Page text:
Kioko and Requena propose a primary therapeutic focus on assisting patients in finding a meaning in their suffering and life itself.1 They also propose that euthanasia is incompatible with psychotherapeutic care, referring to psychiatrist Frankl's example of self-endured suffering once one's attitude towards suffering has been modified and the meaning of life itself has been found, despite being confronted with the most extreme manifestations of dehumanisation.2 The rationale of his coping mechanism is that hurtful situations in themselves might indeed be beyond one's control, but that attitudes toward these situations – and, as a consequence, suffering experiences – can be mastered. There are many religious and philosophical tendencies supporting this point of view, in contrast to the many counterpoints. One can find many different stances in many more areas of expertise which express opposing – though inconclusive – positions. To the best of our knowledge, there is no evidence that the abovementioned meaning-of-life approach can be effective to alleviate unbearable suffering or prevent/revoke psychiatric patients from requesting euthanasia.
The authors evoke anecdotal evidence of great deeds done by (responding to) suffering. In this vein, many artists have created unique art, perhaps because of that suffering, perhaps not. Contrarily, there are also many examples of artists who committed suicide. Such anecdotes confirm the subjective nature of suffering, determined by a patient's environment, context, current and future perspectives, physical and mental capacity, and personality.3
Concerning the role of psychotherapists, their aim to alleviate human suffering indeed stretches back to antiquity. Nevertheless, a deeper understanding of suffering and ways to alleviate it remain elusive. Physicians denying that there are limits to treatment and holding an absolute stance on life protection, not fully fathoming patients' total suffering that leads to suicidal ideations, attempts or euthanasia requests, paradoxically might steer the therapeutic relationship to a standstill as patients might feel unheard, misunderstood and strengthened in their conviction of being unworthy and, as a consequence, in their death wish.4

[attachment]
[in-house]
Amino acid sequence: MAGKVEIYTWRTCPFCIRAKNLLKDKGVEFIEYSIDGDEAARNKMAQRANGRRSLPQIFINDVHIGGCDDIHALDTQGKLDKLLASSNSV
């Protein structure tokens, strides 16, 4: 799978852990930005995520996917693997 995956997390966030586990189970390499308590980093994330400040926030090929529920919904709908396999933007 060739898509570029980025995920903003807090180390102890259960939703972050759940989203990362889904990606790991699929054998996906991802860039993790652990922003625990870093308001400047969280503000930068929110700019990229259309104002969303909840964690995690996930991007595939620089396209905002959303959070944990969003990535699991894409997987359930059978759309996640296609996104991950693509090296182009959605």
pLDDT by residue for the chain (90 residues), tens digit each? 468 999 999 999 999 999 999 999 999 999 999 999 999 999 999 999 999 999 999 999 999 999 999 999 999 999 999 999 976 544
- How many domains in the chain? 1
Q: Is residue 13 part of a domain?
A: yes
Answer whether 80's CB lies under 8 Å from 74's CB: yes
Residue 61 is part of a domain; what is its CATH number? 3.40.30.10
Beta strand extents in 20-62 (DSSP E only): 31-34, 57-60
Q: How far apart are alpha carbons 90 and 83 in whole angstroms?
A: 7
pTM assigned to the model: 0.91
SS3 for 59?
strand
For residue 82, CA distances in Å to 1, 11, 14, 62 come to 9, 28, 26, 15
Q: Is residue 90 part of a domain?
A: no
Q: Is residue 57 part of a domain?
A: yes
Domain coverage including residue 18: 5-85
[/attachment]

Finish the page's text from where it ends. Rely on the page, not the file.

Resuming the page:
In acknowledging unbearable suffering and the limits of medical treatment to alleviate suffering in an adequate way, the psychotherapeutic key focus on protection of life only seems to be undermined. However, the scarce available evidence from Belgian clinical euthanasia practice shows that following a two-track approach, with a focus on psychotherapeutic treatment while also acknowledging euthanasia as a plausible emergency break, paradoxically might offer psychiatric patients sufficient peace of mind to continue their lives and give further or alternative treatment options a fair chance for success.5 Hence, more research into the nature of suffering and meaning of a death request is needed in order to develop highly needed clinical interventions that might both relieve patients of their death wish and enforce new or alternative life perspectives. We hope our qualitative study can contribute to paving the way for further research endeavours that are tolerant and respectful to patients' subjective notions of unbearable suffering and death wish, as well as directly addressing their cry for extended life aid and thus assisting the patient to continue living, without polarising these into irreconcilable opposites.